Protect your retirement benefits in divorce

While the divorce rate for most age groups in America continues to plummet, for one demographic group, the numbers are on the rise: senior citizens. Divorce rates have doubled since 1990 for those over 50, Bowling Green State University's National Center for Family & Marriage Research reported.

This is significant because divorcing affects individual's finances. If you are about to retire and get divorced, you must take every precaution to protect your retirement assets and pensions.

How does divorce mediation help when dissolving a marriage?

Divorce mediation involves the use of a third-party mediator who is neutral to both sides. During mediation proceedings, the spouses and their respective attorneys will work with the neutral mediator over the course of several meetings to settle different aspects of their divorce.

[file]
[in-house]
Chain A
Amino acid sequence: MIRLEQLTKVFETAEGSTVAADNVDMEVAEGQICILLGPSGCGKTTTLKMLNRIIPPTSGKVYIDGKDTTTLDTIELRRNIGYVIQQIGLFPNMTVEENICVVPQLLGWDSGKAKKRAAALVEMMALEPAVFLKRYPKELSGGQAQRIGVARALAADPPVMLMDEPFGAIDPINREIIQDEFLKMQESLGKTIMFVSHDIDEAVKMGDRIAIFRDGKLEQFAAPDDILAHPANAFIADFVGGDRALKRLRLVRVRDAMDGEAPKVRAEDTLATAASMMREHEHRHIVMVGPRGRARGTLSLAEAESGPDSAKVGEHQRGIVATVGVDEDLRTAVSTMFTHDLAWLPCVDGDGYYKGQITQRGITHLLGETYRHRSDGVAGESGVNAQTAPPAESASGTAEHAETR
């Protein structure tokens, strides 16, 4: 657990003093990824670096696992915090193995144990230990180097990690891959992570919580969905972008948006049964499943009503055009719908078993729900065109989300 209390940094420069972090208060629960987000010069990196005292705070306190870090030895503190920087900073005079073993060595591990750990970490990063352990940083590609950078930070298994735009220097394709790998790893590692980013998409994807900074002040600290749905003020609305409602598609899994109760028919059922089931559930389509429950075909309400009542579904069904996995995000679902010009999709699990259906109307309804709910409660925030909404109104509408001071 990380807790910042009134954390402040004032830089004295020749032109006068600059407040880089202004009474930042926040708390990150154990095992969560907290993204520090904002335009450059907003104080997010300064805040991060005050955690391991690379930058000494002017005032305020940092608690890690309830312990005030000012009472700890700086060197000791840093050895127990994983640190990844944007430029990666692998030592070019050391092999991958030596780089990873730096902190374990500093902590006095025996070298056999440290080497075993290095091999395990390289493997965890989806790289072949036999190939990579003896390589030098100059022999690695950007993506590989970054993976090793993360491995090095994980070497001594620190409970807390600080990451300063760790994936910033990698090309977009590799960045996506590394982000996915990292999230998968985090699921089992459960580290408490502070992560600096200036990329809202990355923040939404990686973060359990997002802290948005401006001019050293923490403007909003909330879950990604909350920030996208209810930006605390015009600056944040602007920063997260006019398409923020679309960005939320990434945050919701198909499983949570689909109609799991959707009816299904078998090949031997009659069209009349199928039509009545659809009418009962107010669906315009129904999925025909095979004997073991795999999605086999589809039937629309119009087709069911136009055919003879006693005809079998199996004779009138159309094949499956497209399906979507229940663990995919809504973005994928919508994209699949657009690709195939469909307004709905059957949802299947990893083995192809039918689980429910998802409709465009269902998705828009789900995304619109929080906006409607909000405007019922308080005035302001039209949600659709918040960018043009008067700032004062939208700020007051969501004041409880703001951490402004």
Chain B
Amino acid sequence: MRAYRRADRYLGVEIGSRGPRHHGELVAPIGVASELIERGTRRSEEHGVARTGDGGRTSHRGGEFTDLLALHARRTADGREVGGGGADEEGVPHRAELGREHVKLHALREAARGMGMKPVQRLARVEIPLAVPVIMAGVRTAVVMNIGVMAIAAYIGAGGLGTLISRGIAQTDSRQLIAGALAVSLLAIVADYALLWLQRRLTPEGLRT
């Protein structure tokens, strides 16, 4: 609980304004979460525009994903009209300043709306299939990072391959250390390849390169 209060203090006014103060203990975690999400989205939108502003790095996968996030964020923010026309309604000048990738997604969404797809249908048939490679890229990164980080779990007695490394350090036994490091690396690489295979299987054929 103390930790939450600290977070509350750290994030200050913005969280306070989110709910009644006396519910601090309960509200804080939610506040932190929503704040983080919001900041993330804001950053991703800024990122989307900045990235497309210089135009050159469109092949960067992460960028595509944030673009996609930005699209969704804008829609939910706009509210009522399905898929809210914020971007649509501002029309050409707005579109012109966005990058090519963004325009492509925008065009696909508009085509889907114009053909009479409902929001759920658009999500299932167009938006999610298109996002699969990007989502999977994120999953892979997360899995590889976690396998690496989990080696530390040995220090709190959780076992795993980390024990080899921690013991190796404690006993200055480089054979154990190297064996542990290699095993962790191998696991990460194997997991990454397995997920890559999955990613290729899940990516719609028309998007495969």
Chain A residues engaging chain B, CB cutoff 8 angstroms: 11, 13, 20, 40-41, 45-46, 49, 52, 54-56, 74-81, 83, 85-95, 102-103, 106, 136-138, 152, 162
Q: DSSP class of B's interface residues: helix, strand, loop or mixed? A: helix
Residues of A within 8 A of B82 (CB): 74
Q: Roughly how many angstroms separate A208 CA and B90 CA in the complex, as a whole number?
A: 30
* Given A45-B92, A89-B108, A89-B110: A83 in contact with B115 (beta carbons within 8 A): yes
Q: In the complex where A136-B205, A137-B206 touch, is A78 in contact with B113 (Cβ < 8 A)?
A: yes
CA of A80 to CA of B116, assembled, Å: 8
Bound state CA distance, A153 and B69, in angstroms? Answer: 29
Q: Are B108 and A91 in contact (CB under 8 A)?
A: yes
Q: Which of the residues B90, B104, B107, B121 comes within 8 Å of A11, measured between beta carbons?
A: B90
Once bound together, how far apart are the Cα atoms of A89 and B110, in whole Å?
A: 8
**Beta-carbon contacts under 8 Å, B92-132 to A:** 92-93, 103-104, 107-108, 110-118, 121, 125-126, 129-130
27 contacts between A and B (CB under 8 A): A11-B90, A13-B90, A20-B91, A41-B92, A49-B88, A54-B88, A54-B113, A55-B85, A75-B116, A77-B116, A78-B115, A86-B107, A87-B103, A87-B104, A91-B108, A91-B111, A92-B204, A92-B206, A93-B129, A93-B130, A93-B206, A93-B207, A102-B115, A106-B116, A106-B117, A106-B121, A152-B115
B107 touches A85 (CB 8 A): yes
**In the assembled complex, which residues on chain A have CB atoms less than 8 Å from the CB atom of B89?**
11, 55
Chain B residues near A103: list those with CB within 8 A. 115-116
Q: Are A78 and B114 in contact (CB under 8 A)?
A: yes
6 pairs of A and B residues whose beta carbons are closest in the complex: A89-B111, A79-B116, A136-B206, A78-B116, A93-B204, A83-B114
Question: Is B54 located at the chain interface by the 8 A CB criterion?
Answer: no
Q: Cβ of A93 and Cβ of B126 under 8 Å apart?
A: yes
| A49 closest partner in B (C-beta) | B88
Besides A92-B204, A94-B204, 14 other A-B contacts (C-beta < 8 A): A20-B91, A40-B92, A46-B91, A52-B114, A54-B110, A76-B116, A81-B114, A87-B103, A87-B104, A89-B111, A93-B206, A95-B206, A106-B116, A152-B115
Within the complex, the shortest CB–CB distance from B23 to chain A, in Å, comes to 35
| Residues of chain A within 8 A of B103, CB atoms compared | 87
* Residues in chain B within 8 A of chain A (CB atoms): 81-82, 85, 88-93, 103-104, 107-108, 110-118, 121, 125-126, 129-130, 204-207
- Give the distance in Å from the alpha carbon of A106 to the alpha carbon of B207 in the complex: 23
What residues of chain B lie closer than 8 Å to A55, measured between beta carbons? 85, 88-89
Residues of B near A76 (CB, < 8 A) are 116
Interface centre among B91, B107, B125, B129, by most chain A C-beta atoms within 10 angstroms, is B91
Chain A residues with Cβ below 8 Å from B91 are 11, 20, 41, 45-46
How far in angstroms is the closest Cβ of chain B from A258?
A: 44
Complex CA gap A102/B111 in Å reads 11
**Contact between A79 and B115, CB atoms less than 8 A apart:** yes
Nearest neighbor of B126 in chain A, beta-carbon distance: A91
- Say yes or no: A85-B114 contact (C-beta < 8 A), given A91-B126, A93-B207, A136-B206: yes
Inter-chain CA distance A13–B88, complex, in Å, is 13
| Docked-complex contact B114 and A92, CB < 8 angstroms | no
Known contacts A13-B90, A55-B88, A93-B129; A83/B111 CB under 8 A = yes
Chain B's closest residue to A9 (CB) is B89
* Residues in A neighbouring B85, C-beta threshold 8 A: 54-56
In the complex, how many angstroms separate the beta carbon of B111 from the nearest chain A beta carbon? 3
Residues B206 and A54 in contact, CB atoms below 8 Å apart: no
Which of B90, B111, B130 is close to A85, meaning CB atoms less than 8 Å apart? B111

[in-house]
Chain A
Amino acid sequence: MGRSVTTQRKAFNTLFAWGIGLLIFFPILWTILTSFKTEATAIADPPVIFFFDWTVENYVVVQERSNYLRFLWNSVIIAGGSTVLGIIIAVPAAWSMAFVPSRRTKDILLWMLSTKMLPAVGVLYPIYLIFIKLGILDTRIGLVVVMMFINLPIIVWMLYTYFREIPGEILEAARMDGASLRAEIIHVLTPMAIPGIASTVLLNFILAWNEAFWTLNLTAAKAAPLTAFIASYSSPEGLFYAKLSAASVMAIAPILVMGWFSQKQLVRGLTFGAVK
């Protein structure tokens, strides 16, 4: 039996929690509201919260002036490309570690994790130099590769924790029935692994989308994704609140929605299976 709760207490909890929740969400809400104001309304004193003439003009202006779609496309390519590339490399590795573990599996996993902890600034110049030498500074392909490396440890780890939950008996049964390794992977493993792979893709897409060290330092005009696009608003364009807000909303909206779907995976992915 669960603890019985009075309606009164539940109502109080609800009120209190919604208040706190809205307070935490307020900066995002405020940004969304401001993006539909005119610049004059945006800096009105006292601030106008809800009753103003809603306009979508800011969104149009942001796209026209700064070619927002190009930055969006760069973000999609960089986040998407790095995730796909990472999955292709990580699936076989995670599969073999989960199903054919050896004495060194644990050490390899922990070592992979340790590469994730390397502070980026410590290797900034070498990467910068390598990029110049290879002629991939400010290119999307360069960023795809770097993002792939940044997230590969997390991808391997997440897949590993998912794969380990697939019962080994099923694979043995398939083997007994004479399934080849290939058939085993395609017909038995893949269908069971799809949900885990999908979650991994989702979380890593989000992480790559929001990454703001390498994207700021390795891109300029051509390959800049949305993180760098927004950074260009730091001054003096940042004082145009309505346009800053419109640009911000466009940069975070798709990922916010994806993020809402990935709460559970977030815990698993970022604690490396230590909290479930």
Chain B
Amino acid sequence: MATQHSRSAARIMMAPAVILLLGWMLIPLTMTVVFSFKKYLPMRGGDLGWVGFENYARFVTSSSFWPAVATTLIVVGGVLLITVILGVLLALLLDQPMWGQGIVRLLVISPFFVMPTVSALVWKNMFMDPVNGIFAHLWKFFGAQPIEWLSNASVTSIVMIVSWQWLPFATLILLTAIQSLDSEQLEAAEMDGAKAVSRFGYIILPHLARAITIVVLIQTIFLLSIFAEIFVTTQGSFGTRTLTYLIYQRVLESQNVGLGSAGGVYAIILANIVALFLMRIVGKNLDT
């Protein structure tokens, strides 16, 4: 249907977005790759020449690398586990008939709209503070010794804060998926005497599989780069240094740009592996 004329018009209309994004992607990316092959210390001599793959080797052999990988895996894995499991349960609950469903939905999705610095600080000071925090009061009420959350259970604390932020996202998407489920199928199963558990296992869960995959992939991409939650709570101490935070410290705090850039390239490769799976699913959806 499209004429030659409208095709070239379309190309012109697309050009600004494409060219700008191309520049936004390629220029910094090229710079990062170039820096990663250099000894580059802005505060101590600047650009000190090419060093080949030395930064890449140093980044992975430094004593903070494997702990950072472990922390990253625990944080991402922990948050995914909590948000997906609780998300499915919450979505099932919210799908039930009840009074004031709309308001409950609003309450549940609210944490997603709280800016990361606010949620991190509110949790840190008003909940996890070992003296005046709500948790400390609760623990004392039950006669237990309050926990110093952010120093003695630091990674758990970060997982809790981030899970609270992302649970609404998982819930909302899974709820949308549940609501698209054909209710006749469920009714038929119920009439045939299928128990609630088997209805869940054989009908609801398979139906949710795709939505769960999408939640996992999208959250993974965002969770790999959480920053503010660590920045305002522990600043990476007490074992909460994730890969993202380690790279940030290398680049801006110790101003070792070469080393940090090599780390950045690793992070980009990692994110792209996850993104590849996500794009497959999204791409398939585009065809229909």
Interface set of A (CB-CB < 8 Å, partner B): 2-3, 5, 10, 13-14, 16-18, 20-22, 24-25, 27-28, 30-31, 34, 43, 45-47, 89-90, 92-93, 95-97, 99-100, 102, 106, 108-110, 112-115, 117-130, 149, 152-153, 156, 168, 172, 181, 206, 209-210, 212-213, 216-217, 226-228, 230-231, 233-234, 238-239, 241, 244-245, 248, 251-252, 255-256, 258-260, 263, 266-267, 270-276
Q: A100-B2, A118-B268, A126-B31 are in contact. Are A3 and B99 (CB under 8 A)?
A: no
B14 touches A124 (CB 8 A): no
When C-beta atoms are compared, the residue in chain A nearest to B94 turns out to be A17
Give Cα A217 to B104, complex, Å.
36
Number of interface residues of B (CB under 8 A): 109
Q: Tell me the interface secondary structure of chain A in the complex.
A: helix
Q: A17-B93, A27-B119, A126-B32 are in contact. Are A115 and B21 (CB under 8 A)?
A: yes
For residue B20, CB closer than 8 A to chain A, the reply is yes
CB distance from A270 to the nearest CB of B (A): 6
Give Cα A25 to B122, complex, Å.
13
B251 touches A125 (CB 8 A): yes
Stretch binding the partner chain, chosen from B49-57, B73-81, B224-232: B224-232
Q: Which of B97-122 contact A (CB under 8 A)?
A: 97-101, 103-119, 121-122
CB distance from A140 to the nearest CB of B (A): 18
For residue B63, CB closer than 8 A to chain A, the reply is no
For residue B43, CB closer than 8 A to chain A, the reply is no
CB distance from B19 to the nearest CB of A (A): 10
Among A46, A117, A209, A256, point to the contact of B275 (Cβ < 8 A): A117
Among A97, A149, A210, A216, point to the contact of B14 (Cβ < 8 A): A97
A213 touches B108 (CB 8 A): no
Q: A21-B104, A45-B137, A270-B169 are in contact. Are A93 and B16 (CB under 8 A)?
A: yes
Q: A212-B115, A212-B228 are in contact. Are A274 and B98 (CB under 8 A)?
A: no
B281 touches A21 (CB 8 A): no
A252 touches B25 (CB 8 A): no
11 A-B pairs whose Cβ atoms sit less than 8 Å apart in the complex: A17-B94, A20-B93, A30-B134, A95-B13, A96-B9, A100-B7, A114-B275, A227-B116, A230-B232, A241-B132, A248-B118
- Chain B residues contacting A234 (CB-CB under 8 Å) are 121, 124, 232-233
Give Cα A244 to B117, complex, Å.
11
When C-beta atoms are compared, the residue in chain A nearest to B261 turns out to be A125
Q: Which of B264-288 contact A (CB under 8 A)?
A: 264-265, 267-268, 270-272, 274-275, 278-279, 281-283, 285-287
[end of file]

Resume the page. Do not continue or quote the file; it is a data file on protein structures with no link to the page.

During all the mediation meetings, the mediator will facilitate peaceful communications and help the spouses see the benefit of various solutions to different areas of disagreement. When successful, the spouses will conclude the process with a divorce settlement that resolves asset division, child custody, child support and spousal support.